At the time of writing, COVID-19 has killed over 24,000 people and has infected over half a million people. Countries that have played an active role in helping contain the spread of the virus throughout Europe, like Italy and Spain, have reached death tolls of over 9,000 and 5,000 individuals, respectively. In comparison to these alarming figures, the Russian Federation has reported a mere four deaths, with over 1,000 coronavirus cases throughout the entire country.

In a country of Russia’s size however, many believe that such figures are inaccurate and underreported. 

According to the Levada Centre, 24 per cent of individuals “completely distrust” coronavirus claims spread by the Russian government, with 35 per cent indicating that they “only partially trust it.”

With the upcoming Russian Presidential Elections in 2024 and rumours surrounding the possibility for Vladimir Putin to stay in power for yet another term, the spread of COVID-19 presents a serious challenge to the Putin administration.

In an attempt to assure citizens and consolidate Putin’s role as protector of the country, the Kremlin has carefully built a story surrounding the COVID-19 crisis which blurs the lines between the appearance and reality of the situation. 

Kremlin spokesperson Dmitry Peskov recently stated to reporters, in an attempt to relieve panic around the country, that “there is no de facto epidemic [in Russia].” However, as private testing measures become more heavily implemented throughout Russia’s local governments, cases are expected to rise. In light of this, the Putin administration has employed several initiatives to help protect the country from COVID-19. 

In a nation-wide address last week, the Russian government called for the closing of the country’s borders with a cancellation on all international flights. In addition, a shutdown of all non-essential business operations will take place from March 28th to April 4th, a measure meant to be a part of the country’s weeklong work holiday. It appears that the Russian government is following in the footsteps of many nations, urging citizens to stay indoors and self-quarantine.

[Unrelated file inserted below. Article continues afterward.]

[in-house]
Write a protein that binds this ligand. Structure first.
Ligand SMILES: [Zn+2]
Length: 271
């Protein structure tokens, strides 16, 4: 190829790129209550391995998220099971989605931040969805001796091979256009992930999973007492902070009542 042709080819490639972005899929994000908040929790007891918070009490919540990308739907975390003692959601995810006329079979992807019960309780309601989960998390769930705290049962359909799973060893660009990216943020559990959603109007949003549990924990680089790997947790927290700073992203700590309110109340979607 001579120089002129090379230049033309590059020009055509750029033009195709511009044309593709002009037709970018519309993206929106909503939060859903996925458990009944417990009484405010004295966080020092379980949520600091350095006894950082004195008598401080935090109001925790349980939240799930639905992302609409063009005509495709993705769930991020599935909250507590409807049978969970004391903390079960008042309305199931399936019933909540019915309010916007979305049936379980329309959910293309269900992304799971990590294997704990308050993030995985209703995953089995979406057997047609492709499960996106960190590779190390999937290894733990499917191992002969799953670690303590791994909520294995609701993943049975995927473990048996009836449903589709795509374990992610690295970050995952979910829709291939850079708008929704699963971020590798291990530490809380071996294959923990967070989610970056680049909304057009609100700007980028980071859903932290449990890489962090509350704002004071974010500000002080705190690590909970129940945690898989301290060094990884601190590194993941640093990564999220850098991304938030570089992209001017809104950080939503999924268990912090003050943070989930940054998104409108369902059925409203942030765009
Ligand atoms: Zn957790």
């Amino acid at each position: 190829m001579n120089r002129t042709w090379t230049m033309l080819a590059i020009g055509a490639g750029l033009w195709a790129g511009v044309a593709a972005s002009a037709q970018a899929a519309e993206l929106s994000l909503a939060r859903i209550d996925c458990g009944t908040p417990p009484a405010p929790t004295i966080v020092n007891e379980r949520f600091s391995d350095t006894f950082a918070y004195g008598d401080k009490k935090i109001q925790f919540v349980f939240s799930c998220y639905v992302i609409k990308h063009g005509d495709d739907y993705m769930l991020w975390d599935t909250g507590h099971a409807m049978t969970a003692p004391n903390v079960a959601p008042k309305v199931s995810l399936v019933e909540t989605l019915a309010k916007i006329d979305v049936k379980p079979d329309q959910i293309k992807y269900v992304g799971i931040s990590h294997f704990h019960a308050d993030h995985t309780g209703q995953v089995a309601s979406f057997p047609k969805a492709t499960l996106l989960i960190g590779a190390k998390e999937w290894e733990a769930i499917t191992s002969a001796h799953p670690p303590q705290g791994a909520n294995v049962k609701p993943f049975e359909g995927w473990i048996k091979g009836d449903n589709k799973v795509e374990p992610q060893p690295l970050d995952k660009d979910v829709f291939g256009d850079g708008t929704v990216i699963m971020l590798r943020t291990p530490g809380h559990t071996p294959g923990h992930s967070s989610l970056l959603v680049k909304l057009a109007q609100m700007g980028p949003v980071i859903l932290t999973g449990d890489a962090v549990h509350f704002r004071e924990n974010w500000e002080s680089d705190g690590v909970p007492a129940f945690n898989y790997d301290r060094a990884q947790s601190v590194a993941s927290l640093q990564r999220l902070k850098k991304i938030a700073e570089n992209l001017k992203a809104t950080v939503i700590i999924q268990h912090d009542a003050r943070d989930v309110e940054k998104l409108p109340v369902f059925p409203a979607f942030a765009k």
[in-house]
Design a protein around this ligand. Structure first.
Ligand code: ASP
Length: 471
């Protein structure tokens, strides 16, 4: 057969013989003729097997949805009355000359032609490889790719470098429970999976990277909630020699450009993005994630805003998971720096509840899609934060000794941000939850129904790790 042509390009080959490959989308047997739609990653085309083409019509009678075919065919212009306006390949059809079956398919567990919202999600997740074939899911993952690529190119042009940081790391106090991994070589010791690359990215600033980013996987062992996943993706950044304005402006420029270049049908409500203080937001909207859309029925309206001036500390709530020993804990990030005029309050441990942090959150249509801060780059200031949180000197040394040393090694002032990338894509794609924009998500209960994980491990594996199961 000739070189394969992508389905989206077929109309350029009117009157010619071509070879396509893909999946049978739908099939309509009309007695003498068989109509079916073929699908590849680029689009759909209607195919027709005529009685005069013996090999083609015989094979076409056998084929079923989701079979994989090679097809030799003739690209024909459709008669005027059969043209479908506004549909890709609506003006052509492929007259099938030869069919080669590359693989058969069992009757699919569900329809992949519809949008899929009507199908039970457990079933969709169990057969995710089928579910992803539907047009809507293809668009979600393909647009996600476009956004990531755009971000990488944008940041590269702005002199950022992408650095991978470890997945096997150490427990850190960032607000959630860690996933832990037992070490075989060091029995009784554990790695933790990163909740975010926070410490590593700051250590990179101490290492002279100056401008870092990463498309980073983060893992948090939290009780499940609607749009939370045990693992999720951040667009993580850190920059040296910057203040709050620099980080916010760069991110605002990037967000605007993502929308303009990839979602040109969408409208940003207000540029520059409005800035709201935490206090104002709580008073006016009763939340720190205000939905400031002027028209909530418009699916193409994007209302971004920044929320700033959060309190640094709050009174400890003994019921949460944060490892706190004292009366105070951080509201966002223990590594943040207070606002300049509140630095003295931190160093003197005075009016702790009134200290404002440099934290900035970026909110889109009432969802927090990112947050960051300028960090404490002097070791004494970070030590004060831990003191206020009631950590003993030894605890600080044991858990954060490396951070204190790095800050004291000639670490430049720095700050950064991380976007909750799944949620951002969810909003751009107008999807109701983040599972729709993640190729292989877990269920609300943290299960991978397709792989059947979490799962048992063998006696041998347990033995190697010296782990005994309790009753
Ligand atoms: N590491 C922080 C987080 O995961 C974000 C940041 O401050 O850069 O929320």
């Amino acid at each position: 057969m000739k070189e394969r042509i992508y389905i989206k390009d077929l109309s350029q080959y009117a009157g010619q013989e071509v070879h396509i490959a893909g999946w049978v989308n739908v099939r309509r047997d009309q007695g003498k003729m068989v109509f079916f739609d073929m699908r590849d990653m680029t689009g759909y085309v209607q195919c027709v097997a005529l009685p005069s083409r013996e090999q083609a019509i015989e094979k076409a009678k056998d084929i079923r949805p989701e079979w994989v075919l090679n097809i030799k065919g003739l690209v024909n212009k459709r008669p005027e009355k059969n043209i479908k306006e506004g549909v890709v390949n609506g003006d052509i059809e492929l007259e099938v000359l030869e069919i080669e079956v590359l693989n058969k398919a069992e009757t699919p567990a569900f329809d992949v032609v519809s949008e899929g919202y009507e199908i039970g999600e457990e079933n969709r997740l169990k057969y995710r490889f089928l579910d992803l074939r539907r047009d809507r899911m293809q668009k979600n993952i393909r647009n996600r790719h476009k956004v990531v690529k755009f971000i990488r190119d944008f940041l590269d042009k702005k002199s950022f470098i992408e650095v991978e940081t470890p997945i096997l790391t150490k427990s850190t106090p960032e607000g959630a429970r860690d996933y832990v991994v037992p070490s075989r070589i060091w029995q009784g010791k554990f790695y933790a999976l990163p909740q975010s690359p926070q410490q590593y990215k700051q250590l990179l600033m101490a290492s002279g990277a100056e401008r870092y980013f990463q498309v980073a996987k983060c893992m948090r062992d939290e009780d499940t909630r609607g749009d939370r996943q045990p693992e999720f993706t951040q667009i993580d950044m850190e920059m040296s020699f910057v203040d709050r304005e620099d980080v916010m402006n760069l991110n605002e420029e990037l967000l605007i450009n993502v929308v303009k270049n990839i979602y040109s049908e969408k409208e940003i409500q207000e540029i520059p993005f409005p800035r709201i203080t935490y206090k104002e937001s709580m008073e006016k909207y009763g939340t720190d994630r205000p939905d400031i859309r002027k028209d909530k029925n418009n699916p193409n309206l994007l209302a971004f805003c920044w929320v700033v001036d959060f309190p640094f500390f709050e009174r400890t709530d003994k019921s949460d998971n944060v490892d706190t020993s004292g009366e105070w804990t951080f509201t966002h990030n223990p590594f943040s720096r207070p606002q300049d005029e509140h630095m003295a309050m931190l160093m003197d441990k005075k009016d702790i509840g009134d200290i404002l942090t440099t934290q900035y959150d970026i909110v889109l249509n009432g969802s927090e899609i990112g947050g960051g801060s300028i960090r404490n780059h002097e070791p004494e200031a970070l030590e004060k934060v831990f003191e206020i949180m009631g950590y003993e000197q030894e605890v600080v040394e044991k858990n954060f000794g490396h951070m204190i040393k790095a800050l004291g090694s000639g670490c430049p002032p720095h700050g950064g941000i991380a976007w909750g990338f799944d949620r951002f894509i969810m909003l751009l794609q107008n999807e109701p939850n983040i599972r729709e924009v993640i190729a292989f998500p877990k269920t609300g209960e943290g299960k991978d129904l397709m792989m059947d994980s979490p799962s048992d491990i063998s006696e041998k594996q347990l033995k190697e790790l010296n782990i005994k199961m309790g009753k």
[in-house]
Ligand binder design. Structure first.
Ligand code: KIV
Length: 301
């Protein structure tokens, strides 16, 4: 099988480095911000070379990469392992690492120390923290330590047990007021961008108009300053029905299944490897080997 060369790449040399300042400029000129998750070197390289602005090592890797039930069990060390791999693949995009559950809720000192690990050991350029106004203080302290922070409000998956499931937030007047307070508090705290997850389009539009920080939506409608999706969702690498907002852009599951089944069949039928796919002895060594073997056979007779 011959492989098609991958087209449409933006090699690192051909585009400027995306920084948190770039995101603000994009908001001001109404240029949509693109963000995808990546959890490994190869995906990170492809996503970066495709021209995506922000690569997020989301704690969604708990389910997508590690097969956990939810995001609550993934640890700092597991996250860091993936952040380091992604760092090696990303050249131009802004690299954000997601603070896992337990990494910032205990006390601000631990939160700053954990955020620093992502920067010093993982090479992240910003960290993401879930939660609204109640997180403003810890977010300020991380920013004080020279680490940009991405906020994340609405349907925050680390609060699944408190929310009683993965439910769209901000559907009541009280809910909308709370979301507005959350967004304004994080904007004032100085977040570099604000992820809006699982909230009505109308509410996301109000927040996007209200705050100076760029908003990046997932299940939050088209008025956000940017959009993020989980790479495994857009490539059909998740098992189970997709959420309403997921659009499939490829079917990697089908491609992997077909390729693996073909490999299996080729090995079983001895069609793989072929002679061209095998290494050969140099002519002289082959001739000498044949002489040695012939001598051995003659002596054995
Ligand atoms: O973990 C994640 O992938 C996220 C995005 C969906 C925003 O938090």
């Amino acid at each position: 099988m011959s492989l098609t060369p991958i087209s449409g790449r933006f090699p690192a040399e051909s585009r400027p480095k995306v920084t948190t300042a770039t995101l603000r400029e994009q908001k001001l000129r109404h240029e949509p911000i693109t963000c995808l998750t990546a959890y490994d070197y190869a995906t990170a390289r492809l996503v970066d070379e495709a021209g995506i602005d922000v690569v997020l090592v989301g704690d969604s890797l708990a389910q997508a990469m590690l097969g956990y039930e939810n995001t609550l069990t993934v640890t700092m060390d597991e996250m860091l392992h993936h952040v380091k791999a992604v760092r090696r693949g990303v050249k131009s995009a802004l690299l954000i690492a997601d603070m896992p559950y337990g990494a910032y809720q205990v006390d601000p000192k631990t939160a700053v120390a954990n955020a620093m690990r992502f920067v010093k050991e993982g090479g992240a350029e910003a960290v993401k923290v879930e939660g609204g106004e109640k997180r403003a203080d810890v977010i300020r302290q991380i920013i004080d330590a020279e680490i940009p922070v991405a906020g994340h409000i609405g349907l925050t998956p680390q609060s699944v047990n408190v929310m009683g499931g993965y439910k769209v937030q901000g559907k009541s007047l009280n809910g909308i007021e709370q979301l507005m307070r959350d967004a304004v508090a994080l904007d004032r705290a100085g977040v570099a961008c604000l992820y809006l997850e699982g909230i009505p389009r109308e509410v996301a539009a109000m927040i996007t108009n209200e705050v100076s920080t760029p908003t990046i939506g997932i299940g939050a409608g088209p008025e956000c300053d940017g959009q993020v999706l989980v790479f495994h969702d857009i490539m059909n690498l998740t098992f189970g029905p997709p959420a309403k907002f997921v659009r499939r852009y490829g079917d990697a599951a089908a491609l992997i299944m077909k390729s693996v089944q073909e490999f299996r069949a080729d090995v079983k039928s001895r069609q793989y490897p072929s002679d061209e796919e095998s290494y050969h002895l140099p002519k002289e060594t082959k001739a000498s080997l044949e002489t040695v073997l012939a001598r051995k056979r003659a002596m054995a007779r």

In addition to the aforementioned initiatives, Russia’s Armed Forces have announced the construction of up to sixteen small medical centres across the country, a plan which would cost the government over 8.8 billion rubles. Furthermore, Putin affirmed to citizens that they would receive financial support during these troubling times, a measure to be followed through with the implementation of increased taxes on Russia’s upper-class. 

In light of the tax increases, Russia’s upper-class also faces a 15 per cent increase in interest payments to offshore entities made by Russian businesses. Such economic initiatives actually appear to be part of a larger plan for Putin to effectively deal with the country’s crony elite, who regularly register their profits in low-tax offshore accounts.

Such efforts against Russia’s elite seem to stem from Putin’s opportunistic personality: in using such economic initiatives, Putin helps to bolster his platform and prove his strength to the country during this period of uncertainty.

As such, President Vladimir Putin has continued to play a defender role for the country, assuring his people that “the situation is on the whole under control.” While Russia’s figures regarding COVID-19 appear to be drastically lower when compared to other countries, there is also evidence to support the notion that the Russian Federation was informed on the dangers of the virus earlier than most countries.

In sharing a 4,200-kilometer border with China, the Russian Federation seems to be taking an emergency response to the situation, banning foreigners from the country in addition to the aforementioned measures. 

However, despite the government’s strong appearance, some believe that the Russian Federation is hiding some uncomfortable truths relating to the country’s faulty healthcare system.

Additionally, in the past few weeks, Russian lawmakers have been approving fines which can go upwards of $25,000 to anyone who spreads false information about COVID-19. This measure is part of a larger campaign against those who have been accusing the government of spreading false news regarding the pandemic. 

It appears that in light of the spread of COVID-19, the Russian Federation has indeed come up with several measures to help protect the Russian people. However, as many faulty democracies have demonstrated, the underreporting or lack of accurate reporting in COVID-19 figures does a disservice to its citizens.

While the Russian Federation has been accused of underreporting their case numbers to the world, such accusations fail to be taken seriously, especially when considering how Russia is only now obtaining the full means to provide tests throughout the entire country, and not just in its major cities. If proper testing procedures are put in place, a rise in the number of Russia’s COVID-19 cases is expected to occur. 

Edited by Rebecka Pieder.

The opinions expressed in this article are solely those of the author and they do not reflect the position of the McGill Journal of Political Studies or the Political Science Students’ Association. 

Image via Flickr Creative Commons.